The UNESCO TVET Section, in collaboration with the UNESCO Regional Bureau - Harare, will coordinate with the Technical Education, Vocational and Entrepreneurship Training Authority in Zambia to implement the BEAR project. The overall objective is to increase equitable access to skills training to enhance human capacity for sustainable national development. More specifically, the project aims to enhance TEVET system capacity to increase equitable access to relevant skills, especially in the Construction and Tourism Sectors.
The project is expected to achieve three main results:
Demand‐driven decentralised TEVET schemes designed to increase equitable access to skills development in the construction and Tourism Sectors especially through alternative delivery modes.
1.1 Analyse barriers to access TEVET for formal sector, small, medium and microenterprises ‐informal sector and vulnerable populations
1.2 Design relevant schemes to improve access to TEVET in selected sectors;
1.3 Establish local Enterprise – TEVET Partnerships in selected sectors;
1.4 Select and support implementation of access‐conducive and demand‐driven training schemes in Construction and Tourism Sectors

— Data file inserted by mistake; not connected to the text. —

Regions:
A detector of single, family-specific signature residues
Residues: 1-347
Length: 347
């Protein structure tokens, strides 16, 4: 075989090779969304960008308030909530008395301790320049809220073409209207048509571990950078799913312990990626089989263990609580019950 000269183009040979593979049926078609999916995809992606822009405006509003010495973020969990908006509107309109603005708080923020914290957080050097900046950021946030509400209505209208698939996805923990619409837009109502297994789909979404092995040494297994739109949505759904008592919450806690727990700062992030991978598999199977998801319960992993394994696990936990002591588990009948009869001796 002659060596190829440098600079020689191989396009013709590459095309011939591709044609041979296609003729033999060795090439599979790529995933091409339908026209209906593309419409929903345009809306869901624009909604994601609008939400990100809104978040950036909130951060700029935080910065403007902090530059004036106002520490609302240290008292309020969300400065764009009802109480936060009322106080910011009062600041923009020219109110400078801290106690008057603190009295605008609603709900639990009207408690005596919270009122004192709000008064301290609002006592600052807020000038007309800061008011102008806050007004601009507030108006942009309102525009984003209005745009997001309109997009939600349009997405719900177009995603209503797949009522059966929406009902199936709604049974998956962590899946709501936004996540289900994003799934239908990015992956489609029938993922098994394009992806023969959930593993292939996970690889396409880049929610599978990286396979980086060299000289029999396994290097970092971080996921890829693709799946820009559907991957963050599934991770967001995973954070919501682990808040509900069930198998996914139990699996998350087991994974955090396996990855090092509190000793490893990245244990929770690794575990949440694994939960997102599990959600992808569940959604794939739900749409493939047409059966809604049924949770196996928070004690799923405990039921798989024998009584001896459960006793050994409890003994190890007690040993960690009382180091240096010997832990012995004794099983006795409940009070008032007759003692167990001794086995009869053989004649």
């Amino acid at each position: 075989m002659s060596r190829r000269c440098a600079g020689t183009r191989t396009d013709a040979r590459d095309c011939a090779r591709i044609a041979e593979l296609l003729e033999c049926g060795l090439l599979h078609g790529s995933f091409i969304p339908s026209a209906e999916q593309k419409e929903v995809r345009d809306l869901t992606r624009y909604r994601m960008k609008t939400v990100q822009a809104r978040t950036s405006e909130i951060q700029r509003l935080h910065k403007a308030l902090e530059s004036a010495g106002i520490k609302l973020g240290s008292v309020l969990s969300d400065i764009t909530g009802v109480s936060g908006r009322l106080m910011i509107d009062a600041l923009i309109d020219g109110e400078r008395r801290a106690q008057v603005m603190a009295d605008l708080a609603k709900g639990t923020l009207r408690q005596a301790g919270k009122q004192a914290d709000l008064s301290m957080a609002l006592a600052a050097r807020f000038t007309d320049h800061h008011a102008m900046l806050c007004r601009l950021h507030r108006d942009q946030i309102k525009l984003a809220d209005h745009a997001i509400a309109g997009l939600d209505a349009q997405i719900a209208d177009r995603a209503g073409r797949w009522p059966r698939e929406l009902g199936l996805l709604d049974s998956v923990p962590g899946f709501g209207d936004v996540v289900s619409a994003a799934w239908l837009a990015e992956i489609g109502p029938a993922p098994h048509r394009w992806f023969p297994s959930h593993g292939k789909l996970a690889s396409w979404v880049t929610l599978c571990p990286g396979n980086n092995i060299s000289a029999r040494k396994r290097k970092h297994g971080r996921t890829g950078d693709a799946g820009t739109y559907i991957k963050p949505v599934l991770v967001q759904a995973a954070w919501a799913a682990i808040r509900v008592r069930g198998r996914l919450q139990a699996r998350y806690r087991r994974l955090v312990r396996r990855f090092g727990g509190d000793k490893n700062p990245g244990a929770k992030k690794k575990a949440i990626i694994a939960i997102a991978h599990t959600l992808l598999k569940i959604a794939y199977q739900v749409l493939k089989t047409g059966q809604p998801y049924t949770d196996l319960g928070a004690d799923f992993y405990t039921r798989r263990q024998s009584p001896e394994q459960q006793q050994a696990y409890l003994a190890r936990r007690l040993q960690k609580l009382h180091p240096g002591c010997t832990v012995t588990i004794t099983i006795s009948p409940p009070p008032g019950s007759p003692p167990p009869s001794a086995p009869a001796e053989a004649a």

1.5 Implement tools for collaborative monitoring and evaluation of the improvement of access and of the operationalization of local enterprise‐TEVET partnership.
The planning and MIS capacity of the TEVET system is improved to provide more information and documentation for increasing equitable access and relevant programme design, monitoring and analysis.
2.1. Map of key sources of information on TEVET/LM
2.2. Foster the Key institutions’ Management Information System
2.3. Develop national capacities in data analysis with focus on access
Sustainable national institutional setting for increasing equitable access to TEVET is proposed
3.1 Capitalize the lessons learned from the local partnerships
3.2 Develop national regulatory and support infrastructure for equitable and demand driven TVET
3.3 Secure synergy with TEVET policy reform initiatives of the Government and donor complementarity